Crucial Greenhouse Gas and Corporate Average Fuel Economy(CAFE) Regulation Differences in the United States
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Full Description:

An important transition within the automotive industry is underway as fuel economy and CO2 emissions regulations quickly accelerate through the year 2025. The industry will be required by regulation to increase fuel efficiency of the US fleet from 27.5 miles per gallon (MPG) for passenger cars and 23.4 MPG for light duty trucks in 2010 to an estimated 54.5 MPG for all vehicles in model year 2025. The 54.5 MPG number, widely used by the administration, regulators, and media, is an estimate of what the industry must meet in 2025. In reality, it is a representation of a complex set of measurements. The actual fuel economy target required will depend on a variety of factors and will even differ from manufacturer to manufacturer.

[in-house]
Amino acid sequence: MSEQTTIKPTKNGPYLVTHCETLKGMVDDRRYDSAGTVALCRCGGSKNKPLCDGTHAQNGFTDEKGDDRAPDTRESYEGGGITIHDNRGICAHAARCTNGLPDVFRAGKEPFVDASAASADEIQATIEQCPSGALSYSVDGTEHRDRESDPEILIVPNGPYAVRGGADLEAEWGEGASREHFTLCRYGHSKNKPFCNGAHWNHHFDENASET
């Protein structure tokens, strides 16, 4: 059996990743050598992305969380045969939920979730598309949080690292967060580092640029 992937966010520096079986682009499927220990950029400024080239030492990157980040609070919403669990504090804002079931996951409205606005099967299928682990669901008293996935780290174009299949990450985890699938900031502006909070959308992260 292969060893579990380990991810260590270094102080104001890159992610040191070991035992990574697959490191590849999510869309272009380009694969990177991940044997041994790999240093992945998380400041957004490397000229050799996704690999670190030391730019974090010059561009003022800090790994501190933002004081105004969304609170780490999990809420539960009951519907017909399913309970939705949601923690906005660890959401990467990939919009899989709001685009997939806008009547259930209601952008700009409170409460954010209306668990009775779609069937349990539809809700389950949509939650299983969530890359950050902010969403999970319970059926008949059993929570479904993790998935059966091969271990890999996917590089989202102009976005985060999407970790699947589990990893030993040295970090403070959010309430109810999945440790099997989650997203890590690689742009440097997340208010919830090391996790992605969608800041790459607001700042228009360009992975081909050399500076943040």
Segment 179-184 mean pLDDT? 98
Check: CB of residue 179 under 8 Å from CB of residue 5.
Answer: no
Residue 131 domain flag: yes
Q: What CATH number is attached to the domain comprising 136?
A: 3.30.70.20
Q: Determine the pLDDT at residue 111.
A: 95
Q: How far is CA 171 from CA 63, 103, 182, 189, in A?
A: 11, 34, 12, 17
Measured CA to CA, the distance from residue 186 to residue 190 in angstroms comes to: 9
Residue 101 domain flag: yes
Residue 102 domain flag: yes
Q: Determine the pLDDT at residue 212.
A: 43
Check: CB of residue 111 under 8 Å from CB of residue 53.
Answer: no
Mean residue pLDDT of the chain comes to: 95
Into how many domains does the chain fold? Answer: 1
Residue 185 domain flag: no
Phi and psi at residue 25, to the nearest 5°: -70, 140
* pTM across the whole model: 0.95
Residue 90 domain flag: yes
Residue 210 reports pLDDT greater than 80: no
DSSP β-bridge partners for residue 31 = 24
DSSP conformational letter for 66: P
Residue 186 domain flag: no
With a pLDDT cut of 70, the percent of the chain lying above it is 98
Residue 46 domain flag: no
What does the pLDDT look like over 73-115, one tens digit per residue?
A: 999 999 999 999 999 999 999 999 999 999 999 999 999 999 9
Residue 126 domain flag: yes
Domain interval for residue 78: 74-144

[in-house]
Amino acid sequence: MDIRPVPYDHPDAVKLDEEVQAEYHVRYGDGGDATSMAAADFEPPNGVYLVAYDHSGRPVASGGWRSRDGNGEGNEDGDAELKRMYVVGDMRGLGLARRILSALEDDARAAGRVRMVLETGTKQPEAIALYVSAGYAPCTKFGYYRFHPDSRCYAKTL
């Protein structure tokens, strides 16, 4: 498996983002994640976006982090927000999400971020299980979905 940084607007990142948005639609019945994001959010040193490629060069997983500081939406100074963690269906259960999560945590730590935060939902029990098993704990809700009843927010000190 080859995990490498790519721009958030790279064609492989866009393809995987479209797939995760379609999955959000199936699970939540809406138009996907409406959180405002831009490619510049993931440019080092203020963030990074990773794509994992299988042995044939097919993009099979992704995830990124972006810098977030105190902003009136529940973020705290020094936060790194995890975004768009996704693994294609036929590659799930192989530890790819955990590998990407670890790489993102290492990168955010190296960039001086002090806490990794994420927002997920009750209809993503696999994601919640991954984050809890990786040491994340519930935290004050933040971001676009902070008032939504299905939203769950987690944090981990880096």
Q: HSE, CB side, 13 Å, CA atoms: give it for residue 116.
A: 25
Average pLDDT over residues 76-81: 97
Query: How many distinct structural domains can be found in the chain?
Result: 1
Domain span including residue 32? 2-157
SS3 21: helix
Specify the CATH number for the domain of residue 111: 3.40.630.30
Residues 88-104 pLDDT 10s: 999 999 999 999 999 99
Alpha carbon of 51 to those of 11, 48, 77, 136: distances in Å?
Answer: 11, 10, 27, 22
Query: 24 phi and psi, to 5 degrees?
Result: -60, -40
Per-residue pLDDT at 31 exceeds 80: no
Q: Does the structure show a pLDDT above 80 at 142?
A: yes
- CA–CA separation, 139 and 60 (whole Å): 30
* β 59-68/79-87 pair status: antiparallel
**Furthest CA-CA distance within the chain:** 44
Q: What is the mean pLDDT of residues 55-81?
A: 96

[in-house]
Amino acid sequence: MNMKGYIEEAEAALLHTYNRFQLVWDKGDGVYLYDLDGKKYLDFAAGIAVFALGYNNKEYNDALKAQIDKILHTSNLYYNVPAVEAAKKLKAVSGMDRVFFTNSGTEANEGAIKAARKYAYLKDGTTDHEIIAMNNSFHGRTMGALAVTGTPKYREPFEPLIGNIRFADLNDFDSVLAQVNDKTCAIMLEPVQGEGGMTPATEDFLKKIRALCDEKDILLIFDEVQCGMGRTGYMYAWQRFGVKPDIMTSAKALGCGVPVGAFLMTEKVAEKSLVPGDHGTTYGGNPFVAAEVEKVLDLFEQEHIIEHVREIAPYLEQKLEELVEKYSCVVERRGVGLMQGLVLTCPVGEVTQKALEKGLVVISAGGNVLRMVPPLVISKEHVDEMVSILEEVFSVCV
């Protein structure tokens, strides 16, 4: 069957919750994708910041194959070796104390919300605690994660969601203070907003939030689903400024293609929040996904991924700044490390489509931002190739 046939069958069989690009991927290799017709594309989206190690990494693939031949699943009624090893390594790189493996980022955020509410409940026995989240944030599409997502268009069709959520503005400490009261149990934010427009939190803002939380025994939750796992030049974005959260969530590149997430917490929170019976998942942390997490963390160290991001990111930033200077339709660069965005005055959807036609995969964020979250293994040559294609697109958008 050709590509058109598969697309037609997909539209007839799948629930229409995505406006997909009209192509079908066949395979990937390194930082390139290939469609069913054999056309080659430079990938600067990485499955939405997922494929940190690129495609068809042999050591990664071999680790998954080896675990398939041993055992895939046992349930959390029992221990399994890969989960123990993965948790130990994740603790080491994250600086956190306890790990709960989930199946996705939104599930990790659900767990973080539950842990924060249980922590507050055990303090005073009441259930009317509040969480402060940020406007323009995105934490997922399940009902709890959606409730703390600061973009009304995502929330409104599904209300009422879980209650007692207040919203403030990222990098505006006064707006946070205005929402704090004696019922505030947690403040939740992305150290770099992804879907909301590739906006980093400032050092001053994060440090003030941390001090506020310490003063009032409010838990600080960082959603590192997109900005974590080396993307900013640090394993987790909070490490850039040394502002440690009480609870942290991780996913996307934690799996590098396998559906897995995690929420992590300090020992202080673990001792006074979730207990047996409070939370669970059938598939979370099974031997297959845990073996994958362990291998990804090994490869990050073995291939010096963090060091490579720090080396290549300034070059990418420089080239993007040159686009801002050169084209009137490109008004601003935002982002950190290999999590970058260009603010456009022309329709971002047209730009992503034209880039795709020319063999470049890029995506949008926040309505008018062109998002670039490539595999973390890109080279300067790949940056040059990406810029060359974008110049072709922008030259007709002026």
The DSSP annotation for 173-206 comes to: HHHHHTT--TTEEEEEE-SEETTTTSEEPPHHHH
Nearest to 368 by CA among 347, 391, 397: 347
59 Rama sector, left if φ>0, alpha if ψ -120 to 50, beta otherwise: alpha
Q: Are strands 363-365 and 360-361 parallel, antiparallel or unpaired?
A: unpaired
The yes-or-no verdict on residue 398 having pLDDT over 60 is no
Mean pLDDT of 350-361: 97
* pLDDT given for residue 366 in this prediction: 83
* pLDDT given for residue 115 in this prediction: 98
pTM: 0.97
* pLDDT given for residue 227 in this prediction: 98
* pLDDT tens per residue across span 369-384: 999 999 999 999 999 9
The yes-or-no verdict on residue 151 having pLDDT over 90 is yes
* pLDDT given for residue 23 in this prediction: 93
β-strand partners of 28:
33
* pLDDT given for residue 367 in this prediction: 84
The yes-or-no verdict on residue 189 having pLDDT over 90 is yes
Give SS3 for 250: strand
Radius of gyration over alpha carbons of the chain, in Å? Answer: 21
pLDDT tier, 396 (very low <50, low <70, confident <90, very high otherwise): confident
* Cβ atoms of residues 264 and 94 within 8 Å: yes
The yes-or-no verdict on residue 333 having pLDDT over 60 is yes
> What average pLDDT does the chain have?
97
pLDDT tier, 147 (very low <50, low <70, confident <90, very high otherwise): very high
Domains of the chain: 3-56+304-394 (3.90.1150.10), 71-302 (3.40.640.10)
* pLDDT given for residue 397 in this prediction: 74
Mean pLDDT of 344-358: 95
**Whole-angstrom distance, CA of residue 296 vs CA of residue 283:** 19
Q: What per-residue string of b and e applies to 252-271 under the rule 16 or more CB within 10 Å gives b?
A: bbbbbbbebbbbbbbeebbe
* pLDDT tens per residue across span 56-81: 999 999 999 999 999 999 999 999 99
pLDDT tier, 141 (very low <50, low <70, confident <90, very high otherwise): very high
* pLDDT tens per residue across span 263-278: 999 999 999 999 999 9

Federal regulatory standards for fuel economy and emissions in the United States are administered by two agencies: The U.S. Environmental Protection Agency (EPA) and the National Highway Transportation Safety Administration (NHTSA). While the standards are to a certain extent harmonized, they are not necessarily in complete alignment. This divergence is due to the differing missions of each agency—the EPA focusing on emissions, and NHTSA on fuel economy. Powertrain technology and alternative fuels have a direct impact on fuel economy and emissions—and the overall compliance strategy for a manufacturer. Certain fuels are more likely to reduce greenhouse and smog-forming emissions as well as petroleum use.

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